The V-Line Nozac was the second-line pen behind the Chevron, and although the herringbone pattern is very similar to the Chevron, it is much more muted. The V-Line is a fourteen facet plastic body with no Word Gauge, plain single wide cap band with a bead on each edge (all like the Pen Line), and was made in blue, red, green, gray, and black, with black.
Conklin Nozac Green Stripe c1937
The "General Line" Nozac was a much plainer pen. These can be found with striped plastic windowed barrels, chrome trim and plain single wide cap bands. Window chambered pens were made with clear laminate strips running the length of the pen so the ink level could be seen, a similar construction to the laminate of the striped Parker Vacumatic. These are round pens and have black twist fill caps. I've seen these in red, brown and green stripes, with matching pencils, as well as matching Symetrik lever-fill pens.
Detail of Conklin Nozac Cushon Point Nib
Later model Nozacs typically came fitted with good writing Cushon Point 14 karat nibs, continuing Conklins play on spelling. These same nibs can be found on the first Chicago Conklin, the Glider, probably the last quality pen made with the Conklin brand.
A common criticism of Cushon Point pens is the nibs tend to be very wet and sometimes tend to buzz on paper, spraying ink on the paper. A good adjustment of the nib can correct this. Another common problem is the plastic of the faceted pens tends to lend itself to cap lip cracks.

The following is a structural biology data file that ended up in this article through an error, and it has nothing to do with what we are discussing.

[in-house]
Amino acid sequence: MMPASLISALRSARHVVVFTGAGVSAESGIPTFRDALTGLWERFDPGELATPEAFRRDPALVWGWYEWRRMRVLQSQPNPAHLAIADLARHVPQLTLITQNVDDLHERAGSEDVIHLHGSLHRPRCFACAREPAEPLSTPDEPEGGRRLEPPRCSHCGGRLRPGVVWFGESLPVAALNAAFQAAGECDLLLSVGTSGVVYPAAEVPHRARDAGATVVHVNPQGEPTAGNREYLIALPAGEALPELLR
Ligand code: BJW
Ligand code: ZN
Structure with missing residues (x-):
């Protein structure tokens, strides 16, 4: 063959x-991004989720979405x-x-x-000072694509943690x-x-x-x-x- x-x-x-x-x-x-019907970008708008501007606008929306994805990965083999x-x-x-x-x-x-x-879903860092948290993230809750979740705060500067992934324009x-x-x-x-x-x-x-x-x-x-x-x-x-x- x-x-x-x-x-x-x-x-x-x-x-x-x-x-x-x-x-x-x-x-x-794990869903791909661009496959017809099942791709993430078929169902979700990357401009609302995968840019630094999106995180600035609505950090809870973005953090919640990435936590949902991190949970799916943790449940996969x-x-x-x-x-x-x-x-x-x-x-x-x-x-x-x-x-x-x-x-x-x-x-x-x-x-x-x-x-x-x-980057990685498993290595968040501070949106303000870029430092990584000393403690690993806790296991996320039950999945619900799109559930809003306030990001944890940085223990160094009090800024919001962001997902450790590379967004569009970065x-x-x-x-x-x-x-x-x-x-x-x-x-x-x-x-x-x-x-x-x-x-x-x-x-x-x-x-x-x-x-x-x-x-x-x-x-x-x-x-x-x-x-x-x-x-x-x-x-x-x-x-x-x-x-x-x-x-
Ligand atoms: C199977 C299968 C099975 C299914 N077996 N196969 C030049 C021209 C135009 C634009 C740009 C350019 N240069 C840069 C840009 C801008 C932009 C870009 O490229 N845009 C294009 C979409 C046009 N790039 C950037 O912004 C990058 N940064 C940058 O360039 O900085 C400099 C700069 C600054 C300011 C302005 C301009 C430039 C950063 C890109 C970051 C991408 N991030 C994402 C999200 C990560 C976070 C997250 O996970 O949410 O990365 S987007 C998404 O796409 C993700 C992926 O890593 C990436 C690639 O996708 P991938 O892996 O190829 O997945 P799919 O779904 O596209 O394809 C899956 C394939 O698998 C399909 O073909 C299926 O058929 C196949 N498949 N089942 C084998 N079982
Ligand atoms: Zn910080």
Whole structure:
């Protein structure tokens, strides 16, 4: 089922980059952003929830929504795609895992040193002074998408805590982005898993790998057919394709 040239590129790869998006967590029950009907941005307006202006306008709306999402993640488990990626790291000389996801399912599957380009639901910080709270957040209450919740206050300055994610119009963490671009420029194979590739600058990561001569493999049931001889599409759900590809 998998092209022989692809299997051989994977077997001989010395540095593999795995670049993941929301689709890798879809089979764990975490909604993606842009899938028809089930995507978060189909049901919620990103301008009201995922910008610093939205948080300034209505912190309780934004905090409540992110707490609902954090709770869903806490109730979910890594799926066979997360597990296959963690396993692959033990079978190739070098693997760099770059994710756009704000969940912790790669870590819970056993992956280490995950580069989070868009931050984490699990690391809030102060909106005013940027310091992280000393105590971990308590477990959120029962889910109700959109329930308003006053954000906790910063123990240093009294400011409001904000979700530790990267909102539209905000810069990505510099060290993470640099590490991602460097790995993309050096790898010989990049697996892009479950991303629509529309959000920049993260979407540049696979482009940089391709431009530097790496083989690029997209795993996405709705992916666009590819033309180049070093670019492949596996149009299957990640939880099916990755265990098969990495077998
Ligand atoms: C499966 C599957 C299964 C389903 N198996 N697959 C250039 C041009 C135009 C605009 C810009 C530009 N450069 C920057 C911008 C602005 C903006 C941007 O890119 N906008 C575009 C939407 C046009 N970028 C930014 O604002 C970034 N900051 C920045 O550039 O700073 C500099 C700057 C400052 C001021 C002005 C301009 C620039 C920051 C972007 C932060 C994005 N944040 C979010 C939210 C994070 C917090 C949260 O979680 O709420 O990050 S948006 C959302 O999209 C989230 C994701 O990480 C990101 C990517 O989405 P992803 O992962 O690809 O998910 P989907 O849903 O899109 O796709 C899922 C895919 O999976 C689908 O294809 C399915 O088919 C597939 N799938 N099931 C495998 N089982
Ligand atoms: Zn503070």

A Conklin Green Stripe Collection: Nozac, Symetrik and Pencil c1937
Nozacs can be tricky to repair. The twist fill cap on many pens does not remove. The barrel and section are prone to cracking when the section is removed. Pens with see-through barrels tend to amber and can be tough to clean out. The twist fill mechanism is not as robust as Pelikan mechanisms from the same period, and if damaged, may not be repairable.
Nozacs are not commonplace pens. Compared to contemporary Sheaffer Balance or Parker Vacumatic pens, they are relatively rare. Of the models, the hardest to find will be the Chevron line, followed by the V-Line pens. Excellent to mint pens command heady prices, among the highest of all-plastic pens.